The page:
Smartphones are becoming increasingly powerful, but benchmark tests to outline their inner workers are becoming less relevant.
That is the surprising mindset of chipset giant Qualcomm who has suggested the perceived quality of a smartphone is now based largely on highlight features such as cameras, screen or design, not simply its processing capabilities – and rightly so.
“Consumers today don’t buy a new phone because the benchmark is 10 per cent better, they buy it because it does something their old phone doesn’t.”
Suggesting consumers are now making handset choices on the overall user experience and hardware package as opposed to just one component or feature, he added: “I think the specs are there, but they are secondary. You use them as a tool.”
Bizarrely McDonough’s comments came during a dedicated benchmarking day at the company’s HQ in San Diego where the latest Snapdragon 810 chipset was the focus of our attentions.
Having come under fire in recent weeks for a series of reported delays and overheating concerns, the Snapdragon 810 is set to feature in a number of flagship phones, including the Sony Xperia Z4 and HTC One M9.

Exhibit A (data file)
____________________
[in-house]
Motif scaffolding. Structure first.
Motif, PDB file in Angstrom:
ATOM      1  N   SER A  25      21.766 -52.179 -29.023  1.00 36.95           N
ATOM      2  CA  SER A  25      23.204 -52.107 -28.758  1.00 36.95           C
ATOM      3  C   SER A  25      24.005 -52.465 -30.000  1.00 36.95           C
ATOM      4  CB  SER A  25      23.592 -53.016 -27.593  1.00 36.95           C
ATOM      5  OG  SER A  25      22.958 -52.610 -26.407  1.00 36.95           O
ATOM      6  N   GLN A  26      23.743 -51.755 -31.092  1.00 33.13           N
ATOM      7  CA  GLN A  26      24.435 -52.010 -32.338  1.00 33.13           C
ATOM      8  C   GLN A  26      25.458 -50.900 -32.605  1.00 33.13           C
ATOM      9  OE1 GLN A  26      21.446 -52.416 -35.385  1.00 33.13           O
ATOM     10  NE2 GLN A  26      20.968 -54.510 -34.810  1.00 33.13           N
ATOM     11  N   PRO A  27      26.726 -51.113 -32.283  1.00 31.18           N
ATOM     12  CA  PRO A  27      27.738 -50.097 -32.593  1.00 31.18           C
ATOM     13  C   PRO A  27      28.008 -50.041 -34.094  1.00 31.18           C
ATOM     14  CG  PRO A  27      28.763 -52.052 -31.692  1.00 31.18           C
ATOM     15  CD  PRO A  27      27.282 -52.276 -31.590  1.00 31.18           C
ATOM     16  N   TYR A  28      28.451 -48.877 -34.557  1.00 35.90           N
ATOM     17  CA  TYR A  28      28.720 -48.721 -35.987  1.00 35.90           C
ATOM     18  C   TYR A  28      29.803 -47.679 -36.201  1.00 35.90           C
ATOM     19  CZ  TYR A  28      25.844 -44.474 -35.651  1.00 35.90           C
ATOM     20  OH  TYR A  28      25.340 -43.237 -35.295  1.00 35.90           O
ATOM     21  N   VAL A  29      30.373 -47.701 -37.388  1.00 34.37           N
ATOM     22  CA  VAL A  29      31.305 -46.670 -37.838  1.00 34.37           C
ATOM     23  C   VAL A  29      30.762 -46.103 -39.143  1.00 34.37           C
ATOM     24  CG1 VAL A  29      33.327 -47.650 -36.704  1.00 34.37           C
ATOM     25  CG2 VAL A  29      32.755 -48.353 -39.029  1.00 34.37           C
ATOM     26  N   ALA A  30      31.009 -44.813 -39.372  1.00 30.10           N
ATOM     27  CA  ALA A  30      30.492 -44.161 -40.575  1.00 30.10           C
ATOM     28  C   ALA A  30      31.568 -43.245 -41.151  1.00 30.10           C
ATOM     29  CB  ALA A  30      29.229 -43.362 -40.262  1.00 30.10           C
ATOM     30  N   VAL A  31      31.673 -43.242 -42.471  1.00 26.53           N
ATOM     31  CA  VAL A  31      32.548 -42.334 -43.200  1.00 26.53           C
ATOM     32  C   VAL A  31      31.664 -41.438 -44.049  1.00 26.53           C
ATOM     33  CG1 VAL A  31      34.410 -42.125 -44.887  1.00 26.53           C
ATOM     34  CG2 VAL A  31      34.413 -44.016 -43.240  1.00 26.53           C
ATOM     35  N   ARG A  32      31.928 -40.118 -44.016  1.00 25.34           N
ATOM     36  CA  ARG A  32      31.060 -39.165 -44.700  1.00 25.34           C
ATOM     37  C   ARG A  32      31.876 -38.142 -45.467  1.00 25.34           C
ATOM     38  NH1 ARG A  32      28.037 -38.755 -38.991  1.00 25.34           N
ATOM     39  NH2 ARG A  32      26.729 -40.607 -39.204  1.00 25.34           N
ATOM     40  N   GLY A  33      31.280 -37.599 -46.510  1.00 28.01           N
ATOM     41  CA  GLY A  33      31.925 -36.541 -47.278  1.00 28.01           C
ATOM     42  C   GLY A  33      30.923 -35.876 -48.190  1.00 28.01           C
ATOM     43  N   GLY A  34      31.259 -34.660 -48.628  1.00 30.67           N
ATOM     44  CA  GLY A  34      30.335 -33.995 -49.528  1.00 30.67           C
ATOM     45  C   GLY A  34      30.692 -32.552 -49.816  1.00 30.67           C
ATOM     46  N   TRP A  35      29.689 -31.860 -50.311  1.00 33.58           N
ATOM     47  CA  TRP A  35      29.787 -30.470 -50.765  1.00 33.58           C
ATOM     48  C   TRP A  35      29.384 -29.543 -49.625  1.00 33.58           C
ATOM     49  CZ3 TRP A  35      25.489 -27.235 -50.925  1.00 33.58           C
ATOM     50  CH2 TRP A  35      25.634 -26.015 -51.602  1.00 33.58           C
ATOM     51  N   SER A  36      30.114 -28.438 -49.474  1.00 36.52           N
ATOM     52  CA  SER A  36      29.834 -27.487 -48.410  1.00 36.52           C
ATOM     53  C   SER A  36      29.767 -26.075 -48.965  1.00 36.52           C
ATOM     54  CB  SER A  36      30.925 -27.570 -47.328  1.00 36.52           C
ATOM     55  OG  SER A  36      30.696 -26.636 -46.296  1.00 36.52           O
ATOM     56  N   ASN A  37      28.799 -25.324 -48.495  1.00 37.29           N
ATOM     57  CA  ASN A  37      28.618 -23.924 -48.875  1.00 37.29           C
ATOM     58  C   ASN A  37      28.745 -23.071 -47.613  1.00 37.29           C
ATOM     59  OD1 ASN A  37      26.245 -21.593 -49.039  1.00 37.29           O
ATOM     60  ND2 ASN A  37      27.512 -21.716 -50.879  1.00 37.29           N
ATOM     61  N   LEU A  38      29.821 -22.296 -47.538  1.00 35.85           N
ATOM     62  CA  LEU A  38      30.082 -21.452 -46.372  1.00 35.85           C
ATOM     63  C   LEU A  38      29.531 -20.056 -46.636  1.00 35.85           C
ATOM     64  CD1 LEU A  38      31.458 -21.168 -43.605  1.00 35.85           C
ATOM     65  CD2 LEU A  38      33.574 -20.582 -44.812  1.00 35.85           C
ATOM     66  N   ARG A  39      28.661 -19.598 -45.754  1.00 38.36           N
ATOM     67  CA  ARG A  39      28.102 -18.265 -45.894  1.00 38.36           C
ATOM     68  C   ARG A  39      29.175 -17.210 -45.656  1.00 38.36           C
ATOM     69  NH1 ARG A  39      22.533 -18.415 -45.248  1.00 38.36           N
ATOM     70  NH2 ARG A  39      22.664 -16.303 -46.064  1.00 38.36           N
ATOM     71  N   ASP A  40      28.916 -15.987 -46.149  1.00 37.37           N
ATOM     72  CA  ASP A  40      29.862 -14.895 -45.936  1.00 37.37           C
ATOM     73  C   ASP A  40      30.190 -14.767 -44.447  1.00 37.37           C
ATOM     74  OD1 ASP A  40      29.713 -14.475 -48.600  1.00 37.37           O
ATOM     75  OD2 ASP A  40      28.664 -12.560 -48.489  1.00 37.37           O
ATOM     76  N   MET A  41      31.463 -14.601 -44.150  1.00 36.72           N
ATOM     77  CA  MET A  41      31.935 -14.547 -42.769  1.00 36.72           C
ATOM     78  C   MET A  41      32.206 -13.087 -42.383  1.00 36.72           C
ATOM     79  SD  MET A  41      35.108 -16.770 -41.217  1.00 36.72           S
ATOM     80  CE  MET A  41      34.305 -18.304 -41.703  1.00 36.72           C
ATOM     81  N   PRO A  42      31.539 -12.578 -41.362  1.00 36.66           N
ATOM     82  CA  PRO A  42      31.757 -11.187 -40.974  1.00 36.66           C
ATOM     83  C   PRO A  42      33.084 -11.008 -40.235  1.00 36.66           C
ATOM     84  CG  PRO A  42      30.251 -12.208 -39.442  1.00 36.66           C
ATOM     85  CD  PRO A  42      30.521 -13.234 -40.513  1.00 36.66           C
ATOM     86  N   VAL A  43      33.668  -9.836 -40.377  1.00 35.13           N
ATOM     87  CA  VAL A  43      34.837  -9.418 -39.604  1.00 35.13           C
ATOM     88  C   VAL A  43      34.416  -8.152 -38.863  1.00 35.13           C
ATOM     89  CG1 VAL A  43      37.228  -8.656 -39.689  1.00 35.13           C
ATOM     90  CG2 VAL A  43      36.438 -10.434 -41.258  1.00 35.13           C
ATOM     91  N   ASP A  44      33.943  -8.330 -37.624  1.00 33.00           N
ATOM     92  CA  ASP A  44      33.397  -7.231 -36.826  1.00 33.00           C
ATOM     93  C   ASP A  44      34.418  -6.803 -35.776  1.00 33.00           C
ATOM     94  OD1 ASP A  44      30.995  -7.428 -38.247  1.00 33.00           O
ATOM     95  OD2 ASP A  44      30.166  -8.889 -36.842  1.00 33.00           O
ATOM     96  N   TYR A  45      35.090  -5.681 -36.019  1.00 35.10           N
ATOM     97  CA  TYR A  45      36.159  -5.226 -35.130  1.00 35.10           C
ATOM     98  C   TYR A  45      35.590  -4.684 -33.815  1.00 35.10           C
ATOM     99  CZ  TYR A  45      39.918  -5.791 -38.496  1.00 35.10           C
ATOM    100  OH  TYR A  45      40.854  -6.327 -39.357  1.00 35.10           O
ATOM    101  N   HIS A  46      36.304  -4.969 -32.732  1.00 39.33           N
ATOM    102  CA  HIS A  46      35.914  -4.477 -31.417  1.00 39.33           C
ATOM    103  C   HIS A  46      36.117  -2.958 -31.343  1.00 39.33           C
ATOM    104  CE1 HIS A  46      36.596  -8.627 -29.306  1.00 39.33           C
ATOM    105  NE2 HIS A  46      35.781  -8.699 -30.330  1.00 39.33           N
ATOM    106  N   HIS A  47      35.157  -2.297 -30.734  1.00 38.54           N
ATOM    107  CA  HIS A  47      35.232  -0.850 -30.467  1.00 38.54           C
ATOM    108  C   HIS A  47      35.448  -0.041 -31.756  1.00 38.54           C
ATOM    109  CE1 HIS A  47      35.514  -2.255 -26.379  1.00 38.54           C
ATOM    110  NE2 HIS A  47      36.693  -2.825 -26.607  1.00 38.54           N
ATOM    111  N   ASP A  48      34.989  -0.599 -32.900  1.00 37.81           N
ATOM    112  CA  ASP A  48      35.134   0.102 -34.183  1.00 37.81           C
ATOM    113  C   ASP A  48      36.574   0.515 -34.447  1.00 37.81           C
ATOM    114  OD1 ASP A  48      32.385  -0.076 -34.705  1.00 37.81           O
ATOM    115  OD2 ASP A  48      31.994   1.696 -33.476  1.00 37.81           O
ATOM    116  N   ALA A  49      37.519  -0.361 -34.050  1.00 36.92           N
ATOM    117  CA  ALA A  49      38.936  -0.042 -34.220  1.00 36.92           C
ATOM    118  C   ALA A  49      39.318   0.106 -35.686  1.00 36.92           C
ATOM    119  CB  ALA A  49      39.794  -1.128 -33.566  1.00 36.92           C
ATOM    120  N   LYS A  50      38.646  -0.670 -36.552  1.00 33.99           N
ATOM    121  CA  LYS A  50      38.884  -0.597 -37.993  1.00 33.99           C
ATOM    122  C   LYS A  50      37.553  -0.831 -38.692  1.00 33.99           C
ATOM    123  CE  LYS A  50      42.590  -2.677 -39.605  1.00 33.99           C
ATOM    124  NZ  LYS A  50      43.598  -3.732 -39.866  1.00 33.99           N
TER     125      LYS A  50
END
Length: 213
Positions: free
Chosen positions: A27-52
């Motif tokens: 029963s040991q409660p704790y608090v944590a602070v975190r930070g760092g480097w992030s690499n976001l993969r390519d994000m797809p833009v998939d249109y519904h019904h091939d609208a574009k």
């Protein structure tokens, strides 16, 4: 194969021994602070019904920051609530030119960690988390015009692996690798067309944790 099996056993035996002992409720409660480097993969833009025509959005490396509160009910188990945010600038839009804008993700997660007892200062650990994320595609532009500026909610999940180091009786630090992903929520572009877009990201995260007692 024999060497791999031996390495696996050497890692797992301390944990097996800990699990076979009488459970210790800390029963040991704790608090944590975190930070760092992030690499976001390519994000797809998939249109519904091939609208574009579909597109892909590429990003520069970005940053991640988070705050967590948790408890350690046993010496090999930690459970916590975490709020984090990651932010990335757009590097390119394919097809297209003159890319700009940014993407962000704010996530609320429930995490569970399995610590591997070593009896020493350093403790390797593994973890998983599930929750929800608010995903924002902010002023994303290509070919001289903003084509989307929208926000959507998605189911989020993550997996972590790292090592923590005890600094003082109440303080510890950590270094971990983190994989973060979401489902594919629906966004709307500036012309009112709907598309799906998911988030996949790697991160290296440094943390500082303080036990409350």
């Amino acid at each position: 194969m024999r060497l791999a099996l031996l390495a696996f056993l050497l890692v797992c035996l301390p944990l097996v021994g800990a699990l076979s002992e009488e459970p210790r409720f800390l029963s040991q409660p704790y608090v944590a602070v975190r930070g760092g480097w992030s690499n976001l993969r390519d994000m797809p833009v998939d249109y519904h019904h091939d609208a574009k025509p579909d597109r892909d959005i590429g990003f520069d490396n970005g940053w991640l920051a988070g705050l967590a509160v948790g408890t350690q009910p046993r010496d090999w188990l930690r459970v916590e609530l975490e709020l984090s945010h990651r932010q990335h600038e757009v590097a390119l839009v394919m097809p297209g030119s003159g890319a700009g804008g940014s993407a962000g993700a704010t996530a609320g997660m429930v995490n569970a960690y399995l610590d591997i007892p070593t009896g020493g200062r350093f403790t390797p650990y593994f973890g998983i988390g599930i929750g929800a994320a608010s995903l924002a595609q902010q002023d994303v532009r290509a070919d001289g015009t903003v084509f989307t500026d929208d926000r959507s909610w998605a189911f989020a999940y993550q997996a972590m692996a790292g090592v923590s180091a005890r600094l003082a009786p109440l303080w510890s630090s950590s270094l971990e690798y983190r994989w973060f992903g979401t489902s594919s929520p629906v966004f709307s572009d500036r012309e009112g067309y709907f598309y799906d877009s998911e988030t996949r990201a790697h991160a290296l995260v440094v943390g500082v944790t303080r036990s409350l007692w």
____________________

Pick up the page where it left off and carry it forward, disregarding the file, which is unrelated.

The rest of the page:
Despite suggesting benchmarks are not the basis for future smartphone purchases, McDonough has sung the praises of Qualcomm’s latest high-end SoC offering, a chip which broke AnTuTu benchmark records in our tests with a score of 61,499.
“The 810 is better in almost all ways than the leading processors which preceded it,” he said.
“It improves performance, it takes better pictures, the Wi-Fi has been upgraded, we’ve improved the battery life and the graphics have been upgraded.
“The 810 is, for us, the no compromise, high-end chip.”